Arborist crew removing acacia shrubs from the Palos Verdes Nature Preserve. Photo: Palos Verdes Peninsula Land Conservancy/pvplc.org
By Adrienne Mohan, Executive Director
Palos Verdes Peninsula Land Conservancy
While some wildfires are part of nature’s natural cycle, the images of flames burning Southern California hillsides and neighboring homes is alarming. Since its founding in 1988, the Palos Verdes Peninsula Land Conservancy has expended significant human and financial resources on fuel load reduction management work that benefits both the safety of residents and wildlife on the peninsula.
Removal of invasive weed species like mustard, acacia, and pampas grass, not only impact the quality of habitat on the Peninsula, but also address a major fire danger. An acacia removal project was funded by the City of Rancho Palos Verdes this year to augment fuel modification by the city due to larger-than-expected amount of invasive weeds around the Peninsula caused by heavy rainfall followed by warm weather. Removal of acacia is critical because it is comprised of approximately 90% dry plant matter and volatile resins, making it highly combustible. It also blocks out native vegetation such as species that are both more fire resistant and more needed by local wildlife to survive.
The project supported the removal of 40 acres of acacia and another 61 acres of invasive mustard. The Conservancy has also worked closely with the other surrounding cities, such as the City of Rolling Hills, to remove potential fire hazards. As Habitat Manager of the 1,400 Palos Verdes Nature Preserve, the Land Conservancy provides guidance on vegetation and natural resource management to reduce fuel load vegetation in compliance with the Natural Communities Conservation Plan (NCCP). The plan requires meeting federal requirements to protect natural wildlife diversity such as monitoring, restoration planning and implementation.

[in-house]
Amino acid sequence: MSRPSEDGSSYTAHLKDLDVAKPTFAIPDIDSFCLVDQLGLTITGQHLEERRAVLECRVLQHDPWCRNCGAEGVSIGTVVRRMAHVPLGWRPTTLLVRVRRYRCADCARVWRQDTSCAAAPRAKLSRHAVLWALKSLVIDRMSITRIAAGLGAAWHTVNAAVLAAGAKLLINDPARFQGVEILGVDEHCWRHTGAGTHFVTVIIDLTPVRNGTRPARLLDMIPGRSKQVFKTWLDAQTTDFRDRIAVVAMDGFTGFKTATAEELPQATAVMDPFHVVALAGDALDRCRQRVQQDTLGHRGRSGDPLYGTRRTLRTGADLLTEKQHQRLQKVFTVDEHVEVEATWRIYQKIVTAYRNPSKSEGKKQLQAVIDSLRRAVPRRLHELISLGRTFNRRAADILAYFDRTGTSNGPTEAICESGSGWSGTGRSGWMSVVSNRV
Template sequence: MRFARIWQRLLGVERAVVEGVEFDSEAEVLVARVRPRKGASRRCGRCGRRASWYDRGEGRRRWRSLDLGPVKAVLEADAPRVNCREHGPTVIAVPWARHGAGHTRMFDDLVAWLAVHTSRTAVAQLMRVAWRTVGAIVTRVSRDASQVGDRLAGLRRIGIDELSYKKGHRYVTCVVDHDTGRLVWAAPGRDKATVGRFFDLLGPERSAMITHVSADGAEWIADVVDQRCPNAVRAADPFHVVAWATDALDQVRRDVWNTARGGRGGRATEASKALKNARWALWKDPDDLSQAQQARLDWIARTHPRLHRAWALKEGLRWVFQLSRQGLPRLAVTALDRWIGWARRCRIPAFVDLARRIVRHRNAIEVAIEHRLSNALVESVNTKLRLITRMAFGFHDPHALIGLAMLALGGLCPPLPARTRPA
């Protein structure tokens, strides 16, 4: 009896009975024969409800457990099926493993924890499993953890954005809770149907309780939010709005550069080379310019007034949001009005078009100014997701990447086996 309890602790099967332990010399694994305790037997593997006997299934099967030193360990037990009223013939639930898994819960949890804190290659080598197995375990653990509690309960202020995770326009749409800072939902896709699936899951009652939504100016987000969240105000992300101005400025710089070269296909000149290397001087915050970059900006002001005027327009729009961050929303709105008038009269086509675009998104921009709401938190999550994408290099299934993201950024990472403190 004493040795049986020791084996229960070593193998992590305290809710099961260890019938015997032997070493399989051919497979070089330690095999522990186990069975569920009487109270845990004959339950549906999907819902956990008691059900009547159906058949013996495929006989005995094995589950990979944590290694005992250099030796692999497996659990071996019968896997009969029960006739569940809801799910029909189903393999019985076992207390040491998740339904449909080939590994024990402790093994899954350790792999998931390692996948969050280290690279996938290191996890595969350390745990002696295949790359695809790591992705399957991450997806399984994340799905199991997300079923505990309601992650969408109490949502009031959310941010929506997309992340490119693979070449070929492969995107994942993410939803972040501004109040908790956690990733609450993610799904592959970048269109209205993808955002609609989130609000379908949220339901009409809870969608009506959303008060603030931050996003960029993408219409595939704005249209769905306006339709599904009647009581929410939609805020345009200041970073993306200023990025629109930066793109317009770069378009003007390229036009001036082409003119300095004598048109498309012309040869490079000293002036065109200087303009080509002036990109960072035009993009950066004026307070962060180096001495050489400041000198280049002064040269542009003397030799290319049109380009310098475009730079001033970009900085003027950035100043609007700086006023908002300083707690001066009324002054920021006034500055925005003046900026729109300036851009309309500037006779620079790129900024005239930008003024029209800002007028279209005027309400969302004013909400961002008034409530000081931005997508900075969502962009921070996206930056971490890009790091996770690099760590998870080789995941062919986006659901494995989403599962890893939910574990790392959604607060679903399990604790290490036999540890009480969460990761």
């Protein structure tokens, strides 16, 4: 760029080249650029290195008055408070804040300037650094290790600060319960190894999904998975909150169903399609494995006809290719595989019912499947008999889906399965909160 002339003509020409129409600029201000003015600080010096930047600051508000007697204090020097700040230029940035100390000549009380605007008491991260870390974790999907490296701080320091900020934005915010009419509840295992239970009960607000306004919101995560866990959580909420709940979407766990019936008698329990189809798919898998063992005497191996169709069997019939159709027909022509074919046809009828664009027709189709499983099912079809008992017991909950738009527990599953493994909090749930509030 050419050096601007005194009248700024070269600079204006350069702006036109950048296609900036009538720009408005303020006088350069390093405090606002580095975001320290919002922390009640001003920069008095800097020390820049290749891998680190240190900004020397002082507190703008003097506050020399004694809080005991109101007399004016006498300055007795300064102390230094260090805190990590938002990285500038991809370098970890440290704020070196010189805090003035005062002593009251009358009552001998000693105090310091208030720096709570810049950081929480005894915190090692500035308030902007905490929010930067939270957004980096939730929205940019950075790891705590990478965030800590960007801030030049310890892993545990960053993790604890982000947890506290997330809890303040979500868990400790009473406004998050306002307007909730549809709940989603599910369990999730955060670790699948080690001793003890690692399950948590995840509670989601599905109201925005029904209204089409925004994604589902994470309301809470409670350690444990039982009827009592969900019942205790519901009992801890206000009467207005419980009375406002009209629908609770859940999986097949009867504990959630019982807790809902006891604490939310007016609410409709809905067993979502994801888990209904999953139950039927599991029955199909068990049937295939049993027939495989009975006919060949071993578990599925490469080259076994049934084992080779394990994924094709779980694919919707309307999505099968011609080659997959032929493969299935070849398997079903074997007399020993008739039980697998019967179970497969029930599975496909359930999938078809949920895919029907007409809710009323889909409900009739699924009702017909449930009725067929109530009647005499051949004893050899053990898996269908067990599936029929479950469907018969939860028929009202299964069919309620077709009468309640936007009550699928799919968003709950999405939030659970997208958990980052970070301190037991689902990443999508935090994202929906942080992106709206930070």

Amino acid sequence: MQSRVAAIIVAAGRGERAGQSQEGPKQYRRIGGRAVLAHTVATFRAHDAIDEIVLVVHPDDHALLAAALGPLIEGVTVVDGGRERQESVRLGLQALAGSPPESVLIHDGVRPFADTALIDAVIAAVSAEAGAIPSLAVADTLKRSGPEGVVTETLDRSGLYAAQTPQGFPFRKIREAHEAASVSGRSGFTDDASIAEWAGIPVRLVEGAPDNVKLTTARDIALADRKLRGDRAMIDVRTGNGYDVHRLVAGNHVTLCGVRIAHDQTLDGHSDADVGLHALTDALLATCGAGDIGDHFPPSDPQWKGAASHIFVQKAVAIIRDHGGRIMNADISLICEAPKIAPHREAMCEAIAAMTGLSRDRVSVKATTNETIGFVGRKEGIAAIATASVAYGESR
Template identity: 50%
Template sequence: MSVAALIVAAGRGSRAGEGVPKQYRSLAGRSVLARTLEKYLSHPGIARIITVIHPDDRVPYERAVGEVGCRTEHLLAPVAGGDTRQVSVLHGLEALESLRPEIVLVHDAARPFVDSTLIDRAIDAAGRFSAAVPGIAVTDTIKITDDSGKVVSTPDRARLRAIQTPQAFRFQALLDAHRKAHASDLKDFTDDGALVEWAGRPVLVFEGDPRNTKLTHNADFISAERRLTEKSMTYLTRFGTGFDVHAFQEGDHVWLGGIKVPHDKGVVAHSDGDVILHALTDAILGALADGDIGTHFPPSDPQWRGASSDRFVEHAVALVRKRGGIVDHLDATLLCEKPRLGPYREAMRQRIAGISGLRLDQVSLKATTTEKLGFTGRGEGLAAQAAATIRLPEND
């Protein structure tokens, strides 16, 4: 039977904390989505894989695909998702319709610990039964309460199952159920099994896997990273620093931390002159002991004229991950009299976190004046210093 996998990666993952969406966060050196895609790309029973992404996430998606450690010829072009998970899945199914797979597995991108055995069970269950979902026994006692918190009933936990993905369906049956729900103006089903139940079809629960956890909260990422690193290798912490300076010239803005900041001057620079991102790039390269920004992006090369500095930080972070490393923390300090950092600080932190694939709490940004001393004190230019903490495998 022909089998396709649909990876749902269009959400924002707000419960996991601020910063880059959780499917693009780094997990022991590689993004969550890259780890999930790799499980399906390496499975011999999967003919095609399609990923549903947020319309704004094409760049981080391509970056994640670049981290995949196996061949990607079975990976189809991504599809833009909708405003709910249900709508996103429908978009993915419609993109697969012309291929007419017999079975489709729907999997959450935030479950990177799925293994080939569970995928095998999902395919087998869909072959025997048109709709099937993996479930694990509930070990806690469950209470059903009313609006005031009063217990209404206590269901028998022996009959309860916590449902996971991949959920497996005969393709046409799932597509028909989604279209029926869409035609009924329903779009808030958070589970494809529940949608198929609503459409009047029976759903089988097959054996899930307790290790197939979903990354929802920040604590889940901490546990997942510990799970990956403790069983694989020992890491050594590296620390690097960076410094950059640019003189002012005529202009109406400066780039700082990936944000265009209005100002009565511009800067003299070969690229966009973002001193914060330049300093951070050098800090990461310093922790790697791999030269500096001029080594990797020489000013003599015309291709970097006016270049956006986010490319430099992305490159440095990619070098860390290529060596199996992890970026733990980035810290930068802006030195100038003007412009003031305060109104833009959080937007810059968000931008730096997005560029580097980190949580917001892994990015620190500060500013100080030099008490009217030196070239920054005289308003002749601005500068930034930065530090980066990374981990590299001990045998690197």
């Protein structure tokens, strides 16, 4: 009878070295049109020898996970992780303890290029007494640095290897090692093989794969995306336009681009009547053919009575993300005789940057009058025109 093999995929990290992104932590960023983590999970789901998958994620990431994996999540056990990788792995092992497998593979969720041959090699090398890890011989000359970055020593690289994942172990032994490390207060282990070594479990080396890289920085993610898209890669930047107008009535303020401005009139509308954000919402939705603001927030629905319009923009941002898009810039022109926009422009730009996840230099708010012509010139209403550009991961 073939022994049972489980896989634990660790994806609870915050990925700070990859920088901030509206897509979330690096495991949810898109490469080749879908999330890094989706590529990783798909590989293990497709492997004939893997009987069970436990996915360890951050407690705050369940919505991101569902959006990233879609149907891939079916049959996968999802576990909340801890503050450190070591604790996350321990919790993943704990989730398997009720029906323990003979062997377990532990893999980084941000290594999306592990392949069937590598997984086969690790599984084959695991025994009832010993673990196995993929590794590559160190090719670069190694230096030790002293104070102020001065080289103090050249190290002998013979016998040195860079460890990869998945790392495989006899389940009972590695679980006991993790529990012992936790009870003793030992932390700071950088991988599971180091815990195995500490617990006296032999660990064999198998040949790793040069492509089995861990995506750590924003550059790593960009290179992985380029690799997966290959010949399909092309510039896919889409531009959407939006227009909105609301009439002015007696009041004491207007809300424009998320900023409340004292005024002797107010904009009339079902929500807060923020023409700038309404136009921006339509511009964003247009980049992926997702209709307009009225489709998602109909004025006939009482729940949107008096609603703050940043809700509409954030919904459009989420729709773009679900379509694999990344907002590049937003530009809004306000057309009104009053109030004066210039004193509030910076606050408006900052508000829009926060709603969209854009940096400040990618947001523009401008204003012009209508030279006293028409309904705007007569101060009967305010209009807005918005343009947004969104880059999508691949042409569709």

A Conservancy biologist oversees the monitoring and documentation of project sites to prevent disturbing birds and other mammals. This year, the Conservancy trained four Field Monitoring Interns from CSULB to identify plant and animal species and gather data using Geographic Information System (GIS) tools. Data was gathered on areas where acacia had already been removed and documented any regrowth and seedling germination for retreatment. Flora and soil samples were collected for each treated area, and monthly photo point monitored results.
The acacia removal data collected this year are helping the Conservancy to develop a “Habitat Enhancement Plan” to identify strategic priorities for the additional removal of acacia and other combustible vegetation that will reduce the fuel load and maintain wildlife benefits for the foreseeable future.